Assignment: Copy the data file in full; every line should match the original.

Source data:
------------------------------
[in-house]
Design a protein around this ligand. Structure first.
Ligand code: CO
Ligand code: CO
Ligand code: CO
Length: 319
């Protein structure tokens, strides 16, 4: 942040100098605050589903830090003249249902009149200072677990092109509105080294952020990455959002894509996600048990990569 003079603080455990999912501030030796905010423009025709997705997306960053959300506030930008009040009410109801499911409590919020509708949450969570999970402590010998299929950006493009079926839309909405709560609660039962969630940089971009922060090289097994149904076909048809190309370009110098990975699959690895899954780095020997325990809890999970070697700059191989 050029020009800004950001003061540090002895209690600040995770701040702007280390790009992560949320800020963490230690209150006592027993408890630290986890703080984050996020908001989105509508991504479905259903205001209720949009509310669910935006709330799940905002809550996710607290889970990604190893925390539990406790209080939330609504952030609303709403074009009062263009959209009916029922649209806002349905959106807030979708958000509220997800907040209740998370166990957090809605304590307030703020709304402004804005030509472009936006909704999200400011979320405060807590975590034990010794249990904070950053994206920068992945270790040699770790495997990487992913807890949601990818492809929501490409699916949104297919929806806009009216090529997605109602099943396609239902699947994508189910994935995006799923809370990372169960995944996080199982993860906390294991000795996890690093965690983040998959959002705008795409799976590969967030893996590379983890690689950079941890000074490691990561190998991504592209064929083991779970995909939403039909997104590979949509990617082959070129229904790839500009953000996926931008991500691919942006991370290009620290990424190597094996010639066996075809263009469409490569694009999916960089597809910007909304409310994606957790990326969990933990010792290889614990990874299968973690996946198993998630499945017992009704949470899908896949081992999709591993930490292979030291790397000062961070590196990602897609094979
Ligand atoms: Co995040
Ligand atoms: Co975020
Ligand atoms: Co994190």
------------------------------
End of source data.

[in-house]
Design a protein around this ligand. Structure first.
Ligand code: CO
Ligand code: CO
Ligand code: CO
Length: 319
């Protein structure tokens, strides 16, 4: 942040100098605050589903830090003249249902009149200072677990092109509105080294952020990455959002894509996600048990990569 003079603080455990999912501030030796905010423009025709997705997306960053959300506030930008009040009410109801499911409590919020509708949450969570999970402590010998299929950006493009079926839309909405709560609660039962969630940089971009922060090289097994149904076909048809190309370009110098990975699959690895899954780095020997325990809890999970070697700059191989 050029020009800004950001003061540090002895209690600040995770701040702007280390790009992560949320800020963490230690209150006592027993408890630290986890703080984050996020908001989105509508991504479905259903205001209720949009509310669910935006709330799940905002809550996710607290889970990604190893925390539990406790209080939330609504952030609303709403074009009062263009959209009916029922649209806002349905959106807030979708958000509220997800907040209740998370166990957090809605304590307030703020709304402004804005030509472009936006909704999200400011979320405060807590975590034990010794249990904070950053994206920068992945270790040699770790495997990487992913807890949601990818492809929501490409699916949104297919929806806009009216090529997605109602099943396609239902699947994508189910994935995006799923809370990372169960995944996080199982993860906390294991000795996890690093965690983040998959959002705008795409799976590969967030893996590379983890690689950079941890000074490691990561190998991504592209064929083991779970995909939403039909997104590979949509990617082959070129229904790839500009953000996926931008991500691919942006991370290009620290990424190597094996010639066996075809263009469409490569694009999916960089597809910007909304409310994606957790990326969990933990010792290889614990990874299968973690996946198993998630499945017992009704949470899908896949081992999709591993930490292979030291790397000062961070590196990602897609094979
Ligand atoms: Co995040
Ligand atoms: Co975020
Ligand atoms: Co994190």